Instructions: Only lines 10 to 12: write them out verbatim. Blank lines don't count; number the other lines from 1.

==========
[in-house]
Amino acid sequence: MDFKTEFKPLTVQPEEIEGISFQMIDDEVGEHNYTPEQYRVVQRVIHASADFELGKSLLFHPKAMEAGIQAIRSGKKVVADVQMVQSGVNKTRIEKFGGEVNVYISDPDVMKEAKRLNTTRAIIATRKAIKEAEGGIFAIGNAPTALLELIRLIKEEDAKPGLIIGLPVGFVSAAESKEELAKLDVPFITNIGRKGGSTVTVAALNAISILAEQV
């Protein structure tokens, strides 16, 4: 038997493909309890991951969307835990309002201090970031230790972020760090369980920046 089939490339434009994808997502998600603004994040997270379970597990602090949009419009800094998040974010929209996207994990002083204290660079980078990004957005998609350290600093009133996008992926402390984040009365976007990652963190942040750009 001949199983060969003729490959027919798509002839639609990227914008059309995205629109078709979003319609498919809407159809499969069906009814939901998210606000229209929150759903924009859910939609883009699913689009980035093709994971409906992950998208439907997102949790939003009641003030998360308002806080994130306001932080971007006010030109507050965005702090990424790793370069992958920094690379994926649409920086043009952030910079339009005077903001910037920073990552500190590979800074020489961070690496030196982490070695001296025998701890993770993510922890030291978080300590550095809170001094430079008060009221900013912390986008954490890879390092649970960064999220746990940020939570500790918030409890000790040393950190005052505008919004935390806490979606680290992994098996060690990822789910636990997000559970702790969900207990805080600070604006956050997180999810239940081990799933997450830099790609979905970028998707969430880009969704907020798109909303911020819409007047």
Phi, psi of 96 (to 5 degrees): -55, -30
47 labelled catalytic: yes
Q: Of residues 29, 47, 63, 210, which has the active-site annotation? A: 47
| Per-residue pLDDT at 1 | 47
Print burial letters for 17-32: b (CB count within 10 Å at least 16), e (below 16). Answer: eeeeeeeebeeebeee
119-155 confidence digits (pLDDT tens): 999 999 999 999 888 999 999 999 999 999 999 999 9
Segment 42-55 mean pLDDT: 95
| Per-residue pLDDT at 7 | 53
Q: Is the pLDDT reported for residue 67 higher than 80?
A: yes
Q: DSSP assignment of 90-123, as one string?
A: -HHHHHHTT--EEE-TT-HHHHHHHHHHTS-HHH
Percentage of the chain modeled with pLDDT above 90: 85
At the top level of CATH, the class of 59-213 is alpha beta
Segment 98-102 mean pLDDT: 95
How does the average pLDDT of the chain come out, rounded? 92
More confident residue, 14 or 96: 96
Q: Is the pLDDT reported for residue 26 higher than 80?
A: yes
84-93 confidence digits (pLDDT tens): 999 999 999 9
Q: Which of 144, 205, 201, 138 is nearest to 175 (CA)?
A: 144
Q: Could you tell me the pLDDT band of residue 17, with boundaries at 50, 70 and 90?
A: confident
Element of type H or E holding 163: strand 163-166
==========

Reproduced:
Segment 42-55 mean pLDDT: 95
| Per-residue pLDDT at 7 | 53
Q: Is the pLDDT reported for residue 67 higher than 80?